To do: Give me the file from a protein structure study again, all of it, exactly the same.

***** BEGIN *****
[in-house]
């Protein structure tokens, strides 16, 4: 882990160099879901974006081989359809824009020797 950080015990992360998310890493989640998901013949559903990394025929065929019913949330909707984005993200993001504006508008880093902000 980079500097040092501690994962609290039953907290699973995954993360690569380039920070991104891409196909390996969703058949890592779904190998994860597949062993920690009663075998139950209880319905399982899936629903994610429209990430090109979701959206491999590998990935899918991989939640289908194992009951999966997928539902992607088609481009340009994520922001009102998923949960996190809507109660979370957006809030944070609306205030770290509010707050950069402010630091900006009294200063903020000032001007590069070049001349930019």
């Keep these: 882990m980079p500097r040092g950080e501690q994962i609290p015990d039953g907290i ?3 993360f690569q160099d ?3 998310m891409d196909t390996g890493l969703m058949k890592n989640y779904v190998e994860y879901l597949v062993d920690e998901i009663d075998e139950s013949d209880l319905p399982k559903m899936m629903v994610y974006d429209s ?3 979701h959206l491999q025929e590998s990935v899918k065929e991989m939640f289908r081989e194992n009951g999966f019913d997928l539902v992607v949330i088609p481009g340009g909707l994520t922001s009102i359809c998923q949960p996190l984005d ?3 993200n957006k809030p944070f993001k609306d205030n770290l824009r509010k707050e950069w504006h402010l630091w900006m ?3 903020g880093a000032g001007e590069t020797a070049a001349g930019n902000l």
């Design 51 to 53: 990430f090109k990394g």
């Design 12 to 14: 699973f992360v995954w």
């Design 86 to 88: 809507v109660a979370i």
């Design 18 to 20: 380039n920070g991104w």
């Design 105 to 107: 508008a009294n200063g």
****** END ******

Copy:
[in-house]
């Protein structure tokens, strides 16, 4: 882990160099879901974006081989359809824009020797 950080015990992360998310890493989640998901013949559903990394025929065929019913949330909707984005993200993001504006508008880093902000 980079500097040092501690994962609290039953907290699973995954993360690569380039920070991104891409196909390996969703058949890592779904190998994860597949062993920690009663075998139950209880319905399982899936629903994610429209990430090109979701959206491999590998990935899918991989939640289908194992009951999966997928539902992607088609481009340009994520922001009102998923949960996190809507109660979370957006809030944070609306205030770290509010707050950069402010630091900006009294200063903020000032001007590069070049001349930019």
């Keep these: 882990m980079p500097r040092g950080e501690q994962i609290p015990d039953g907290i ?3 993360f690569q160099d ?3 998310m891409d196909t390996g890493l969703m058949k890592n989640y779904v190998e994860y879901l597949v062993d920690e998901i009663d075998e139950s013949d209880l319905p399982k559903m899936m629903v994610y974006d429209s ?3 979701h959206l491999q025929e590998s990935v899918k065929e991989m939640f289908r081989e194992n009951g999966f019913d997928l539902v992607v949330i088609p481009g340009g909707l994520t922001s009102i359809c998923q949960p996190l984005d ?3 993200n957006k809030p944070f993001k609306d205030n770290l824009r509010k707050e950069w504006h402010l630091w900006m ?3 903020g880093a000032g001007e590069t020797a070049a001349g930019n902000l």
């Design 51 to 53: 990430f090109k990394g």
């Design 12 to 14: 699973f992360v995954w």
């Design 86 to 88: 809507v109660a979370i």
């Design 18 to 20: 380039n920070g991104w």
């Design 105 to 107: 508008a009294n200063g």